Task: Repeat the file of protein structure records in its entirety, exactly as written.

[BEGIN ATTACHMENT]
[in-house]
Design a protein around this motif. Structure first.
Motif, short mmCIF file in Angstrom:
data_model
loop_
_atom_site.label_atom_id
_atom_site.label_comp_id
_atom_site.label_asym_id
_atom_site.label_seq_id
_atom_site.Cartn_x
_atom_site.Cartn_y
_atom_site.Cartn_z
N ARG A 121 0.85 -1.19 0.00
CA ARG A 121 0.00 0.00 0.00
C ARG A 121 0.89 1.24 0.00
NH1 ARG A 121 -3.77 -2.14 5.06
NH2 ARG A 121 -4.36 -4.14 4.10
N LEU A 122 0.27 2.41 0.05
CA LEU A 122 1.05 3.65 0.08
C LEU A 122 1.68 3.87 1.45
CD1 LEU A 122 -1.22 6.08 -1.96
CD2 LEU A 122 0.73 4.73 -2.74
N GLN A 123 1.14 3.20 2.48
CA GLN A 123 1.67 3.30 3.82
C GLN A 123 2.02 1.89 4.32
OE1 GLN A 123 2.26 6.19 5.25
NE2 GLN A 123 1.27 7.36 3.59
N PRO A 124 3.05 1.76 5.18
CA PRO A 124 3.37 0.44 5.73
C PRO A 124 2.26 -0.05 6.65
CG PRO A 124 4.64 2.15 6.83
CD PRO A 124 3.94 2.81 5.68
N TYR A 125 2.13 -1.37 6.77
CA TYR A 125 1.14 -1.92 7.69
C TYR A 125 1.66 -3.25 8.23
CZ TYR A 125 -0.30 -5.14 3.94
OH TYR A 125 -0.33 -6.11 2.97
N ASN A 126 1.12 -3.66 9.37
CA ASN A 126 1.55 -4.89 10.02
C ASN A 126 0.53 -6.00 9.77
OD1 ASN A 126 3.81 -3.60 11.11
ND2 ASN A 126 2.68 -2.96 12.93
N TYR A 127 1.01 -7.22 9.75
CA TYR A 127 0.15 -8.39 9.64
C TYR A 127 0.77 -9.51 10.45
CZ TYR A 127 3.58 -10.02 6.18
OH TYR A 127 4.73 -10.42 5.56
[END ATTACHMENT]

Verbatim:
[in-house]
Design a protein around this motif. Structure first.
Motif, short mmCIF file in Angstrom:
data_model
loop_
_atom_site.label_atom_id
_atom_site.label_comp_id
_atom_site.label_asym_id
_atom_site.label_seq_id
_atom_site.Cartn_x
_atom_site.Cartn_y
_atom_site.Cartn_z
N ARG A 121 0.85 -1.19 0.00
CA ARG A 121 0.00 0.00 0.00
C ARG A 121 0.89 1.24 0.00
NH1 ARG A 121 -3.77 -2.14 5.06
NH2 ARG A 121 -4.36 -4.14 4.10
N LEU A 122 0.27 2.41 0.05
CA LEU A 122 1.05 3.65 0.08
C LEU A 122 1.68 3.87 1.45
CD1 LEU A 122 -1.22 6.08 -1.96
CD2 LEU A 122 0.73 4.73 -2.74
N GLN A 123 1.14 3.20 2.48
CA GLN A 123 1.67 3.30 3.82
C GLN A 123 2.02 1.89 4.32
OE1 GLN A 123 2.26 6.19 5.25
NE2 GLN A 123 1.27 7.36 3.59
N PRO A 124 3.05 1.76 5.18
CA PRO A 124 3.37 0.44 5.73
C PRO A 124 2.26 -0.05 6.65
CG PRO A 124 4.64 2.15 6.83
CD PRO A 124 3.94 2.81 5.68
N TYR A 125 2.13 -1.37 6.77
CA TYR A 125 1.14 -1.92 7.69
C TYR A 125 1.66 -3.25 8.23
CZ TYR A 125 -0.30 -5.14 3.94
OH TYR A 125 -0.33 -6.11 2.97
N ASN A 126 1.12 -3.66 9.37
CA ASN A 126 1.55 -4.89 10.02
C ASN A 126 0.53 -6.00 9.77
OD1 ASN A 126 3.81 -3.60 11.11
ND2 ASN A 126 2.68 -2.96 12.93
N TYR A 127 1.01 -7.22 9.75
CA TYR A 127 0.15 -8.39 9.64
C TYR A 127 0.77 -9.51 10.45
CZ TYR A 127 3.58 -10.02 6.18
OH TYR A 127 4.73 -10.42 5.56